James Kopp, the anti-abortion extremist who in March was convicted of the intentional murder of Barnett Slepian, MD, will face federal charges for the murder as well. Koppís attorney had argued that since Kopp had already received 25 years to life he wouldnít even be eligible for parole until he was 73, so an additional trial would just be a waste of resources, according to the Buffalo News. Kopp also claimed that a second trial would be double jeopardy, but prosecutors argued that the state and federal charges are different, the Associated Press reports.
In federal court, Kopp is charged with violating the Freedom of Access to Clinic Entrances Act (FACE), which protects womenís access to abortion services. The Buffalo News reports that the decision to proceed with federal charges against Kopp came from US Attorney General John Ashcroft or one of his top aides.
In related news, a witness has stepped forward claiming to have seen alleged Kopp accomplice Dennis Malvasi in Slepianís Amherst, NY, neighborhood a week after Kopp shot Dr. Slepian. Malvasi and his wife, Loretta Marra, accepted a federal plea deal in April that has a maximum sentence of five years, but both had claimed that they did not know Kopp had killed Dr. Slepian and had only sent Kopp money while he was on the run from authorities. Police are investigating the possibility that if Malvasi was in Slepianís neighborhood so soon after the shooting, he could have been trying to retrieve the murder weapon and other evidence Kopp buried in the woods behind Slepianís house, according to the Buffalo News. Marra and Malvasi will be sentenced tomorrow in New York City.
8/28/2015 Alaska Court Protects Abortion Access for Low-Income Women - The Alaska Superior Court struck down a state law yesterday that would have severely limited abortion access for low-income women in Alaska.
The state's Superior Court also struck down a Department of Health and Social Services regulation that placed narrow specifications on Medicaid coverage for abortions, requiring that Medicaid-funded abortions be determined by a physician to be "medically necessary." Last year, the Center for Reproductive Rights, the American Civil Liberties Union, and Planned Parenthood sued on behalf of the Planned Parenthood of the Great Northwest, claiming that the narrow definition of "medically necessary" arbitrarily established conditions designed to restrict the ability of low-income women to access abortion services.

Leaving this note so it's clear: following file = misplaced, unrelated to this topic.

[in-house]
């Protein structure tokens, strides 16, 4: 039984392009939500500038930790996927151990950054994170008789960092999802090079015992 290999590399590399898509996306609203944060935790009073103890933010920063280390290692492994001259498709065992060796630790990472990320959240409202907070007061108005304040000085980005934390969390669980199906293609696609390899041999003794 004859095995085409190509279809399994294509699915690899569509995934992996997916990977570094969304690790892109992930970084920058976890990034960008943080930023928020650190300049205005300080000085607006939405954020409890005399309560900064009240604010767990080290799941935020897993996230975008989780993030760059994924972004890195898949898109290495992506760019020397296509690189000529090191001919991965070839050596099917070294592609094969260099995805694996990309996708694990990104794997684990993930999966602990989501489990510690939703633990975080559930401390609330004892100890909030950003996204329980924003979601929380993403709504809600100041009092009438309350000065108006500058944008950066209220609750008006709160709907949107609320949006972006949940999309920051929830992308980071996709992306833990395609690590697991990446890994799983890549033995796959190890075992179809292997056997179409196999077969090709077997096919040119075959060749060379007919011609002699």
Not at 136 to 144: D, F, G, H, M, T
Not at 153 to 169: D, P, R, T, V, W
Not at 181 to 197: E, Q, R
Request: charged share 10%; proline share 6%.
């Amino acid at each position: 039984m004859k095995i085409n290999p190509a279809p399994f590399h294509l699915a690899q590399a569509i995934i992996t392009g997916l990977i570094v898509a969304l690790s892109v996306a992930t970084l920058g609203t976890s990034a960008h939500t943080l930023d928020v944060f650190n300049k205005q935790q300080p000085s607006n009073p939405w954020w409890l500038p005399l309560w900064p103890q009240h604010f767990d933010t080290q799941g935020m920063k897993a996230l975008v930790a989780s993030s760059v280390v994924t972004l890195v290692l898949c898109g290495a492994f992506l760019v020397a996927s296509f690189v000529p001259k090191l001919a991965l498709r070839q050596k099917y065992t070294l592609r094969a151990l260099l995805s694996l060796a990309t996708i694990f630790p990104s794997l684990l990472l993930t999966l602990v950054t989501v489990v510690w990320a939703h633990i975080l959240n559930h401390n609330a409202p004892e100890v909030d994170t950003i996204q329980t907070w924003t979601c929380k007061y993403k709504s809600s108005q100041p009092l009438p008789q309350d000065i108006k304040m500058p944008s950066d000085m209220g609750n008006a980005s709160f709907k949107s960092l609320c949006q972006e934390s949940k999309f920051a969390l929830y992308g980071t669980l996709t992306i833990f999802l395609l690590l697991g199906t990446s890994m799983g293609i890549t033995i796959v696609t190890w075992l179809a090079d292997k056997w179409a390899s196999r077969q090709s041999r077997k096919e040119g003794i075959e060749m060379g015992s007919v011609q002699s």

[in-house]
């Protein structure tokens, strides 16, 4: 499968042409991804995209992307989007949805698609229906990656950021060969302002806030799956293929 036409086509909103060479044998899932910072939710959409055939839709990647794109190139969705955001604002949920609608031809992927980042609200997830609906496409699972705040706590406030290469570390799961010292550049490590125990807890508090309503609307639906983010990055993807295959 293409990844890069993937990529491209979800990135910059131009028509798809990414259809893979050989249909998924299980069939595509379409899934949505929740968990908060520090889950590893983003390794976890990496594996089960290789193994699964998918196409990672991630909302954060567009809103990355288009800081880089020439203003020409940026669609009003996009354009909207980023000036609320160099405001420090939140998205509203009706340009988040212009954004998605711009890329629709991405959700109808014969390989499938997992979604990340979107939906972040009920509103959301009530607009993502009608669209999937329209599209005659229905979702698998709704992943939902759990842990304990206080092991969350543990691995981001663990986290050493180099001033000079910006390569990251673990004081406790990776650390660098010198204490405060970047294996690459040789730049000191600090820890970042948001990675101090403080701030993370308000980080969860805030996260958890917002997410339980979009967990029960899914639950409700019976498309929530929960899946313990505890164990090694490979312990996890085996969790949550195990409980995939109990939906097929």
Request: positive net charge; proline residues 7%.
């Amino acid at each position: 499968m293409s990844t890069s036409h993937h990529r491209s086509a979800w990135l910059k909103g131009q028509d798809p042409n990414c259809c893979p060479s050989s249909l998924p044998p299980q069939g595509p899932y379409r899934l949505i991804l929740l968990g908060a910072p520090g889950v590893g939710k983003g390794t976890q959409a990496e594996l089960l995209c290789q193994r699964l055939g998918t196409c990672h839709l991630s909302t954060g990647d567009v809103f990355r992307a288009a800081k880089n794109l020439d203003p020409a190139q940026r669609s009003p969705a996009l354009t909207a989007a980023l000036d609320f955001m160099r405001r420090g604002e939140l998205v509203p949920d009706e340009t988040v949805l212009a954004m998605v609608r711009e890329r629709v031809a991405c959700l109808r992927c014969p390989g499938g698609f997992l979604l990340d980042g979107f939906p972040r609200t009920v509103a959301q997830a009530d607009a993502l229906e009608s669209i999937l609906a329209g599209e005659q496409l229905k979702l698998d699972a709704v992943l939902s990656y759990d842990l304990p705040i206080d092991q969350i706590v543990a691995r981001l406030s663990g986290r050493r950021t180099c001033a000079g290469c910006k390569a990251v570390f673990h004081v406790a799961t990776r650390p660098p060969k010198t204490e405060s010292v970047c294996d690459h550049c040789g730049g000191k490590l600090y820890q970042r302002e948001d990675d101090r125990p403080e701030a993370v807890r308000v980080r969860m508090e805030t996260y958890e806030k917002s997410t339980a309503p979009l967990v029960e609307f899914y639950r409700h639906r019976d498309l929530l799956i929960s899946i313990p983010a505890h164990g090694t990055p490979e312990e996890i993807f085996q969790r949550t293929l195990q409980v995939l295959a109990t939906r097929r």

The law was temporarily blocked last July by an Alaskan state court judge.
Superior Court Judge John Suddock ordered yesterday that the state be blocked from implementing this regulation, ruling that it placed an undue burden on low-income women seeking abortion services in Alaska.
"By providing health care to all poor Alaskans except women who need abortions, the challenged regulation violates the state constitutional guarantee of 'equal rights, opportunities, and protection under the law'," the ruling read.
"We applaud the superior court for striing down these cruel restrictions on women's health and rights that violate the Alaska Constitution," said Chris Charbonneau, CEO of Planned Parenthood of the Great Northwest and the Hawaiian Islands. . . .
8/26/2015 Saudi Women Prepare to Vote for the First Time - The fight for gender equality is making slow but notable progress in Saudi Arabia, where women will be allowed to vote for the first time in upcoming December elections.
This shift in Saudi law came in 2011, when a royal decree announced that women would be allowed to vote and run in local elections beginning in December of 2015. . . .